Money Matters

Your Credit Union Newsletter

The 2×2 System Financial Wellness Calendar: March


The Why
Last month we introduced the “2×2” financial wellness planning system. Why is it called 2×2? You set aside two hours on the calendar two times a month to complete a predetermined financial task. With this modest but consistent effort, you’ll sustain financial health and build wealth in easy bite-sized chunks that you check off the list each month.

Why is this system so practical? Most of us start the year with financial resolutions and good intentions, but over half don’t follow through. That’s where this system helps. It makes what seems a vague and overwhelming year-long task easy to comprehend, manage and put into action.

We covered the February to-dos last time but if you need a reminder here is a link.

Further below you’ll find the March activities. But first here is a recap explaining what the 2×2 system is. If you don’t need the reminder just skip it.

The What
The 2×2 System is a new approach to financial wellness designed to break down money mastery into a series of straightforward tasks to check off as the months go by. How do you make it work for your situation and goals? For the best success using the 2×2 System, set aside a recurring time slot every two weeks. For example, if Sunday midmornings tend to be a slow time for you, consider making that the time your money magic happens every other week.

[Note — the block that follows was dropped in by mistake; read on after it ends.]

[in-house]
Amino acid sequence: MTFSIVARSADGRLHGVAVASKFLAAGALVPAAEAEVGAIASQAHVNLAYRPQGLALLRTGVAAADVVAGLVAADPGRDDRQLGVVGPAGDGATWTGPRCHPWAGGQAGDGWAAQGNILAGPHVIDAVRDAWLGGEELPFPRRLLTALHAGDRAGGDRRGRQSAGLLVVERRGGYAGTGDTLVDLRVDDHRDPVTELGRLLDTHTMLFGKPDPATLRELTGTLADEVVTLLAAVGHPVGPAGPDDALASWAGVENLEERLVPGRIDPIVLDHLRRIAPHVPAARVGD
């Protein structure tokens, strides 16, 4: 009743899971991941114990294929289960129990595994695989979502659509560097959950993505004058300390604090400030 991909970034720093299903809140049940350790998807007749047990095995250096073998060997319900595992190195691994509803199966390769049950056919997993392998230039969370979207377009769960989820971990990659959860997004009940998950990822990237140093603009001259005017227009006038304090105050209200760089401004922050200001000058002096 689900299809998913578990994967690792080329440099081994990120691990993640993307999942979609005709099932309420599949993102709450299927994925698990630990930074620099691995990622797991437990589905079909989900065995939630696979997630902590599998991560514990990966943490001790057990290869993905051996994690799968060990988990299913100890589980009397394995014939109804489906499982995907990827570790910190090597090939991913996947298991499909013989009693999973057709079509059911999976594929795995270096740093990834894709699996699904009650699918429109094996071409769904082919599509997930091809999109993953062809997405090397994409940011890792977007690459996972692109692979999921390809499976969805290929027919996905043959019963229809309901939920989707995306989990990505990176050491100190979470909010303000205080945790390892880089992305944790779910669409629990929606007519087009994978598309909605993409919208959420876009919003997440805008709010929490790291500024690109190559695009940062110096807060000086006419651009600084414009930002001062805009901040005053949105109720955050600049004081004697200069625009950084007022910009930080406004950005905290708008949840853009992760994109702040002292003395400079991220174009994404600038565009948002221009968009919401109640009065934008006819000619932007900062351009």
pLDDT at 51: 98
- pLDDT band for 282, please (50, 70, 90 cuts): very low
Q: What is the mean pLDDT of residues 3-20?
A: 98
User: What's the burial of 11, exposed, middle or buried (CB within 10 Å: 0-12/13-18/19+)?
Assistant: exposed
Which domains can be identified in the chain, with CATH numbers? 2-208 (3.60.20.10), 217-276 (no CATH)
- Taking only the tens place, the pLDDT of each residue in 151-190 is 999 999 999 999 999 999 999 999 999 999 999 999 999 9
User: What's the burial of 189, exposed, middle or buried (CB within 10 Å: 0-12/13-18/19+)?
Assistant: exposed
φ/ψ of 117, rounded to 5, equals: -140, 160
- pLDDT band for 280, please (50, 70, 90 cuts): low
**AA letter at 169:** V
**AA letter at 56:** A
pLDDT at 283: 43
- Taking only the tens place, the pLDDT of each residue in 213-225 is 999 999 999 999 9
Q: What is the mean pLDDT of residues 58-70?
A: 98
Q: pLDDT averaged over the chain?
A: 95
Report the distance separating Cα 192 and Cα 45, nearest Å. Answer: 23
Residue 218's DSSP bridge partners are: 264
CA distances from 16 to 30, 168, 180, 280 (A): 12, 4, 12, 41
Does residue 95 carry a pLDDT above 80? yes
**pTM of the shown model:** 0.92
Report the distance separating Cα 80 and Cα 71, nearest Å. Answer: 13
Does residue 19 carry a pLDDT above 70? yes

Alerts or reminders are vital to achieving all you want to with this program. The best tactic for maximizing the system is to set two reminders on either your smartphone or computer for each session. The first is for the off week to remind you of the following week’s task and give you some time to prepare any materials you might need. The other alert is for 30 minutes before your actual 2×2 session starts to allow you to wrap up any other tasks you’re working on and prepare yourself for complete concentration.

A few more pointers before getting started:

  • Do whatever you can to make your 2×2 sessions as pleasant as possible. Put on comfy clothes, pour a stimulating beverage, and play music if it helps you stay focused and motivated.
  • If you’re married or manage your money jointly with a partner, try to conduct the 2×2 together. It’s a great way to keep the lines of communication open and stay on the same page financially.
  • Set up the reminders to recur annually, so you don’t have to enter them all over again next year.
  • Make sure to adjust your reminders around any vacation time you have coming up.